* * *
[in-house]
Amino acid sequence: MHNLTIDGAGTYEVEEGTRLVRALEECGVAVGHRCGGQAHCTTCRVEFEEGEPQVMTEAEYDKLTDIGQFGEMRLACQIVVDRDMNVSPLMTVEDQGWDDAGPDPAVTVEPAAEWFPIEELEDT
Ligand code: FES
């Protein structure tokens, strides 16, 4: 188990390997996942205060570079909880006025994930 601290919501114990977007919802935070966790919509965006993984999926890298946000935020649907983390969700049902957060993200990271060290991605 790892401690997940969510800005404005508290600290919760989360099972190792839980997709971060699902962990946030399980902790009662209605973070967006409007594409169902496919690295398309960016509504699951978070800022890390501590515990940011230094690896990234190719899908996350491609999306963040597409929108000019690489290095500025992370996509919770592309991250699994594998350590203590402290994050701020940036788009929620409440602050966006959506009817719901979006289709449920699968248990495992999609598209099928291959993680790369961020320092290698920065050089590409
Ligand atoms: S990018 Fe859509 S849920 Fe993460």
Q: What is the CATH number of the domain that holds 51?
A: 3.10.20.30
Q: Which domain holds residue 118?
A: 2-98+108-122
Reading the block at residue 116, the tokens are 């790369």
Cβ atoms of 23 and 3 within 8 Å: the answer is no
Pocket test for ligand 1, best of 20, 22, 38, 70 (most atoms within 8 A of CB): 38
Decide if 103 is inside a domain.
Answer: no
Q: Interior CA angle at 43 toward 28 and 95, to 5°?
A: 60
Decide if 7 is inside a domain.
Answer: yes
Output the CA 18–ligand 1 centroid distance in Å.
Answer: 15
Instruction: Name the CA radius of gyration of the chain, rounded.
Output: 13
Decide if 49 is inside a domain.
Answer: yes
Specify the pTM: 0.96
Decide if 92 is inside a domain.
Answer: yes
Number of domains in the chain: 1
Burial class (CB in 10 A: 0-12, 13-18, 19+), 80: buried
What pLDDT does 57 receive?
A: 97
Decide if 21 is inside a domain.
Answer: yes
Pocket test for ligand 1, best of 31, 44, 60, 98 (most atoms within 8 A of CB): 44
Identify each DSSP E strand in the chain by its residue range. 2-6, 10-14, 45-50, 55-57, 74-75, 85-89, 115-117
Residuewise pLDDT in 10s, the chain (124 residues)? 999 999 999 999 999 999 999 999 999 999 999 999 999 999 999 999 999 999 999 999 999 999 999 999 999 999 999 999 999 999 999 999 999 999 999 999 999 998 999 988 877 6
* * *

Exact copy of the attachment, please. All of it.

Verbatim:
[in-house]
Amino acid sequence: MHNLTIDGAGTYEVEEGTRLVRALEECGVAVGHRCGGQAHCTTCRVEFEEGEPQVMTEAEYDKLTDIGQFGEMRLACQIVVDRDMNVSPLMTVEDQGWDDAGPDPAVTVEPAAEWFPIEELEDT
Ligand code: FES
């Protein structure tokens, strides 16, 4: 188990390997996942205060570079909880006025994930 601290919501114990977007919802935070966790919509965006993984999926890298946000935020649907983390969700049902957060993200990271060290991605 790892401690997940969510800005404005508290600290919760989360099972190792839980997709971060699902962990946030399980902790009662209605973070967006409007594409169902496919690295398309960016509504699951978070800022890390501590515990940011230094690896990234190719899908996350491609999306963040597409929108000019690489290095500025992370996509919770592309991250699994594998350590203590402290994050701020940036788009929620409440602050966006959506009817719901979006289709449920699968248990495992999609598209099928291959993680790369961020320092290698920065050089590409
Ligand atoms: S990018 Fe859509 S849920 Fe993460």
Q: What is the CATH number of the domain that holds 51?
A: 3.10.20.30
Q: Which domain holds residue 118?
A: 2-98+108-122
Reading the block at residue 116, the tokens are 């790369």
Cβ atoms of 23 and 3 within 8 Å: the answer is no
Pocket test for ligand 1, best of 20, 22, 38, 70 (most atoms within 8 A of CB): 38
Decide if 103 is inside a domain.
Answer: no
Q: Interior CA angle at 43 toward 28 and 95, to 5°?
A: 60
Decide if 7 is inside a domain.
Answer: yes
Output the CA 18–ligand 1 centroid distance in Å.
Answer: 15
Instruction: Name the CA radius of gyration of the chain, rounded.
Output: 13
Decide if 49 is inside a domain.
Answer: yes
Specify the pTM: 0.96
Decide if 92 is inside a domain.
Answer: yes
Number of domains in the chain: 1
Burial class (CB in 10 A: 0-12, 13-18, 19+), 80: buried
What pLDDT does 57 receive?
A: 97
Decide if 21 is inside a domain.
Answer: yes
Pocket test for ligand 1, best of 31, 44, 60, 98 (most atoms within 8 A of CB): 44
Identify each DSSP E strand in the chain by its residue range. 2-6, 10-14, 45-50, 55-57, 74-75, 85-89, 115-117
Residuewise pLDDT in 10s, the chain (124 residues)? 999 999 999 999 999 999 999 999 999 999 999 999 999 999 999 999 999 999 999 999 999 999 999 999 999 999 999 999 999 999 999 999 999 999 999 999 999 998 999 988 877 6